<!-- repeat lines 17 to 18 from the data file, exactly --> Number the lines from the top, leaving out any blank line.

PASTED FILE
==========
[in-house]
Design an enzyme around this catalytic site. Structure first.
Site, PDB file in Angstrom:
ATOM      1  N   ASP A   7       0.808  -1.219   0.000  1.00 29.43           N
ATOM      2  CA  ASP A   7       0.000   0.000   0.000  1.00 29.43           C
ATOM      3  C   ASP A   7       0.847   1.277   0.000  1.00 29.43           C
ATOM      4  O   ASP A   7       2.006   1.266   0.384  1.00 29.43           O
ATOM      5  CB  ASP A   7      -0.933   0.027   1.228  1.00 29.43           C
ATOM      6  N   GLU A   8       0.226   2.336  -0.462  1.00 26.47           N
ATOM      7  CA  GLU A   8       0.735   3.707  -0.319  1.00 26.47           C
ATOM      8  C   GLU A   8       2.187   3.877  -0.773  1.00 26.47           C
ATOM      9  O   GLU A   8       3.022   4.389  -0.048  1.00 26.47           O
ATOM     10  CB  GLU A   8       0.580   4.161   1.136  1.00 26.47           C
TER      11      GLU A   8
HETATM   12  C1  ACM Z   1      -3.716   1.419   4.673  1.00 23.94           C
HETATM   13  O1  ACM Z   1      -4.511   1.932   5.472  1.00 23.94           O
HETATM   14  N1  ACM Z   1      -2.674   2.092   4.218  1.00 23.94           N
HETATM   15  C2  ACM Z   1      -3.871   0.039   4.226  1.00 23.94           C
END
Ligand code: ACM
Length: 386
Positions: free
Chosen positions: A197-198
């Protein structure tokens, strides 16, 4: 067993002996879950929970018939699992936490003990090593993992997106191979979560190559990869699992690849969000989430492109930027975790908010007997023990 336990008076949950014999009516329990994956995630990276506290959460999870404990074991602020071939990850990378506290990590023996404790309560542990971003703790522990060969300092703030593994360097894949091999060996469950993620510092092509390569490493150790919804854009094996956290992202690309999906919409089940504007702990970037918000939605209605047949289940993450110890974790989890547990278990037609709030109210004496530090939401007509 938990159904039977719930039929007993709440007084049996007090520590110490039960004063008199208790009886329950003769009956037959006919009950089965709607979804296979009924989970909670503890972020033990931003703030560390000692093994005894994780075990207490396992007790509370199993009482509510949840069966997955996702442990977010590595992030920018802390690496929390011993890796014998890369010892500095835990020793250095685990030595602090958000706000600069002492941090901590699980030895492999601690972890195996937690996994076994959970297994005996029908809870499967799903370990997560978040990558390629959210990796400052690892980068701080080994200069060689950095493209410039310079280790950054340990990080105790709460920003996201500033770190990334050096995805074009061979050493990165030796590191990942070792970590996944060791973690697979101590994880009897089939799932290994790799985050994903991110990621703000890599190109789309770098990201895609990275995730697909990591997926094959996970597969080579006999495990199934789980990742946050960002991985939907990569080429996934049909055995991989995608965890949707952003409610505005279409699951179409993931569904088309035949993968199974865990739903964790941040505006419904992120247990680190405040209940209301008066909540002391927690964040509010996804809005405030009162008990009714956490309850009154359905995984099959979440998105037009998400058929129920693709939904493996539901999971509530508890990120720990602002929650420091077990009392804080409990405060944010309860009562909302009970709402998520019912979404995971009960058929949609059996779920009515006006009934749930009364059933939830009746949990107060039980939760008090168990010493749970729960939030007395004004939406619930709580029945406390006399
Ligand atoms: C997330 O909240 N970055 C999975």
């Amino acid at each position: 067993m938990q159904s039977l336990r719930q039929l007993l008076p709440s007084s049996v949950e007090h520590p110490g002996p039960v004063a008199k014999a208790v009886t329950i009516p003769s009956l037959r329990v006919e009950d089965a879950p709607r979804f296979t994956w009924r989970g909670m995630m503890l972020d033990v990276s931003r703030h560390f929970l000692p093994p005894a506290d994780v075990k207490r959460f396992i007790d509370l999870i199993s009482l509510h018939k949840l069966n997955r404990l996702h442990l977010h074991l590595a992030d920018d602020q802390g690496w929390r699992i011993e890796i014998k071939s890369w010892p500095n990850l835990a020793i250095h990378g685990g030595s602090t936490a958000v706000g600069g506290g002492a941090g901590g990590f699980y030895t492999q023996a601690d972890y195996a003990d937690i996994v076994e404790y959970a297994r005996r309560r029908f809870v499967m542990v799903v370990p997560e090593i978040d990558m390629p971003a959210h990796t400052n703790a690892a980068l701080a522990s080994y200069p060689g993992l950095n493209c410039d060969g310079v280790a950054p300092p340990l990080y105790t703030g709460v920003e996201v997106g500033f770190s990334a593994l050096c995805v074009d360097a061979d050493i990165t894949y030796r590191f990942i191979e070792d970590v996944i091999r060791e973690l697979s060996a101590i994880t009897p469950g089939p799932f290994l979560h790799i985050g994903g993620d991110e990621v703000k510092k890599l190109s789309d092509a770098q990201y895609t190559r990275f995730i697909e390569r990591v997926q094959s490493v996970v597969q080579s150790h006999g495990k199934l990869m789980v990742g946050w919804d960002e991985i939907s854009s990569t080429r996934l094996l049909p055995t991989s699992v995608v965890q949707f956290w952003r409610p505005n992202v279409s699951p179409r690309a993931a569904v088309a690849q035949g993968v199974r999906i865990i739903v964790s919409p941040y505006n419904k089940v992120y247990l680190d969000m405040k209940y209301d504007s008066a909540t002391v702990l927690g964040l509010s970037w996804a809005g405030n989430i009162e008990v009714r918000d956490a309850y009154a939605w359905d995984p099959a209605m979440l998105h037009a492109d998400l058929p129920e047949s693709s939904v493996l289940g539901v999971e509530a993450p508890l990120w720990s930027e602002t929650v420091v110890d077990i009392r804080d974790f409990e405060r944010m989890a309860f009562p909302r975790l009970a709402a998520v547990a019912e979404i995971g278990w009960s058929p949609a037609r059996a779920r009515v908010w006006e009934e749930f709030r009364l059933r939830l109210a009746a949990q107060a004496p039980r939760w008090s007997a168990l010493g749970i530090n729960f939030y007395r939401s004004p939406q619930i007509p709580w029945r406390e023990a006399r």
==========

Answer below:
HETATM   14  N1  ACM Z   1      -2.674   2.092   4.218  1.00 23.94           N
HETATM   15  C2  ACM Z   1      -3.871   0.039   4.226  1.00 23.94           C